Thursday, January 22, 2015 at 12:16 PM

All apps need storage

All apps need to be able to store information on behalf of the user. We've had a couple of different approaches to work with that don't require an identity system -- cookies and local storage. These are good but the data is bound to a machine, not to a person. So if you went to a different machine, you'd have to start over.

So what then? If you use a social network's identity system, you only get to store stuff in their data structures. For example, with Facebook, which has a very simple and elegant toolkit, you can create all kinds of messages. But what if you want to store some prefs on behalf of the user? Or the source code for the content? You have to start over from zero.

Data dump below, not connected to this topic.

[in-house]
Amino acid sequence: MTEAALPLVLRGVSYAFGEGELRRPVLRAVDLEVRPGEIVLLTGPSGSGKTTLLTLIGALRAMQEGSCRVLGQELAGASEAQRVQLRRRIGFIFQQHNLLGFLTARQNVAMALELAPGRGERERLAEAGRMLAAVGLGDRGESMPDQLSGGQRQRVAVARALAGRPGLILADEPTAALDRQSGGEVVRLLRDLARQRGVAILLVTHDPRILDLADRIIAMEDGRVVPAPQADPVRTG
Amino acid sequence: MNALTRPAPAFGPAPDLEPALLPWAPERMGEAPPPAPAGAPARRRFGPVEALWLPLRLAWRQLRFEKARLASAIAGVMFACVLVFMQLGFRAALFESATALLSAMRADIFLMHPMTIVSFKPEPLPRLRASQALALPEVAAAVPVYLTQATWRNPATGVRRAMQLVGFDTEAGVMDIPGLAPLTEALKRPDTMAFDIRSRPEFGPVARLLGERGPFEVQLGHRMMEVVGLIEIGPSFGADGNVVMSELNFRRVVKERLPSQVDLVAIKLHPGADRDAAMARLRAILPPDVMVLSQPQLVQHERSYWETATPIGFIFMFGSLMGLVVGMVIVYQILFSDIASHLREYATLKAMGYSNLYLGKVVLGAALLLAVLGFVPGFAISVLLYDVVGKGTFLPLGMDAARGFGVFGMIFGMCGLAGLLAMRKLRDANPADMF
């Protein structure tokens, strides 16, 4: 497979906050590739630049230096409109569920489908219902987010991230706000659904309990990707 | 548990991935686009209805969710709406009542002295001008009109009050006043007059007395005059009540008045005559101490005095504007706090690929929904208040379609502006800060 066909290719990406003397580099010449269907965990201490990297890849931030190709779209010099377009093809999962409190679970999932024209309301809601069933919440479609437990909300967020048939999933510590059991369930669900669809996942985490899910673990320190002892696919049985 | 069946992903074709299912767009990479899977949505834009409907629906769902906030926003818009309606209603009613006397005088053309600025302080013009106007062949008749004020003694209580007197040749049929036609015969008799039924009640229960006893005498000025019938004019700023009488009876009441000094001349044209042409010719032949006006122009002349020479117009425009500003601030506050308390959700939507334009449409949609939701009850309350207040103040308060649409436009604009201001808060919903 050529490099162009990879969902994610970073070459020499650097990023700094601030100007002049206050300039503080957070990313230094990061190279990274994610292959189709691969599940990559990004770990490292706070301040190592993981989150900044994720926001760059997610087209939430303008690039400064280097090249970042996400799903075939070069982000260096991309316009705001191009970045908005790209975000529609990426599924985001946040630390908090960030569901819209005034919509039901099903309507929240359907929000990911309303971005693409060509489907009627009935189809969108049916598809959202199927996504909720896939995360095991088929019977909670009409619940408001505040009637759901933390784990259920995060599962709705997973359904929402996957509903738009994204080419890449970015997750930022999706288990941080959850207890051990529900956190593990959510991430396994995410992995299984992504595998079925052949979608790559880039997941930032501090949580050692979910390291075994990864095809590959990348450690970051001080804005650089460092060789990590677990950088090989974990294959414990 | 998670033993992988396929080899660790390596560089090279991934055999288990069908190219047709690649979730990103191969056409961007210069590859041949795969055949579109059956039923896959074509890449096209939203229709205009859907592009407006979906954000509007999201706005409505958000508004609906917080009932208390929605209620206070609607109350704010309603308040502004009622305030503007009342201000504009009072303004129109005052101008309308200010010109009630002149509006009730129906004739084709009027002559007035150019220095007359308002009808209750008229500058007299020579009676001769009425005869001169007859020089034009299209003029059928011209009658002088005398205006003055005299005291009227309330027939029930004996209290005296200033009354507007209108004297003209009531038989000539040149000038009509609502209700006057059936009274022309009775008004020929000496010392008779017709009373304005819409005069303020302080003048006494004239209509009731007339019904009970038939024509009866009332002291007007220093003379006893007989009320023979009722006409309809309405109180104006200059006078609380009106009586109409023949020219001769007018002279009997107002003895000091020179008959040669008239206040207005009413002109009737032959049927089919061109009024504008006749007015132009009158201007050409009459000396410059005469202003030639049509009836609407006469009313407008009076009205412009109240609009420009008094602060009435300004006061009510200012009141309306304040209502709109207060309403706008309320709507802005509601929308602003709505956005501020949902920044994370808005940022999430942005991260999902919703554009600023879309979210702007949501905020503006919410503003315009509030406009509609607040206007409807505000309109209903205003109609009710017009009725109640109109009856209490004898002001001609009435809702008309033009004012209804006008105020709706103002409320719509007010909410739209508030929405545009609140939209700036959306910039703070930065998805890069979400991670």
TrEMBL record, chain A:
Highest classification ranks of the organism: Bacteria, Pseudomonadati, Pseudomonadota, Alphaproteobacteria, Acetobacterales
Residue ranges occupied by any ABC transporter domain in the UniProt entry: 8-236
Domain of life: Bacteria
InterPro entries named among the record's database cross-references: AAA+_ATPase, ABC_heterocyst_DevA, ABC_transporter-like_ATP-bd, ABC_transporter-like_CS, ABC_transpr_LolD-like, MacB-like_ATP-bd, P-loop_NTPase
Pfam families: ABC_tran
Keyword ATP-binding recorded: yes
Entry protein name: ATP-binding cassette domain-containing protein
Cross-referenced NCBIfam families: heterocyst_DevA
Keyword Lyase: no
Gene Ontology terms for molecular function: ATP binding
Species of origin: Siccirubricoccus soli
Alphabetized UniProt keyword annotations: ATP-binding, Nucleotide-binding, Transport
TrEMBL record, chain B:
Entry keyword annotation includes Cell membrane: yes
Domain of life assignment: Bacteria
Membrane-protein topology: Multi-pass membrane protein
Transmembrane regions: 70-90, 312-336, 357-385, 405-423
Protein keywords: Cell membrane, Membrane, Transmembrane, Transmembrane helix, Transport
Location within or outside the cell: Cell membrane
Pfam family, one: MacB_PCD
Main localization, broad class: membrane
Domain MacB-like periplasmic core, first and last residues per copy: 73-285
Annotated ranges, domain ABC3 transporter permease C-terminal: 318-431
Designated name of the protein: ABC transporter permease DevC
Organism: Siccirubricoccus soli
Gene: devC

I needed a server app for my in-browser JavaScript apps that did both identity and storage. So I made one. And then put the effort in to make a super simple API, debugged it, tested it with other developers, and put it together as an MIT-licensed open source package.

Three core technologies: Node.js for the runtime, Twitter for identity, and S3 for storage.

Coming soon!

I'm trying to think but nothing happens!

PS: I cross-posted this on Facebook. In the comments I wrote what's sure to be the next post in this series.

Last built: Mon, Aug 24, 2015 at 9:08 AM

By Dave Winer, Thursday, January 22, 2015 at 12:16 PM. When in doubt, blog.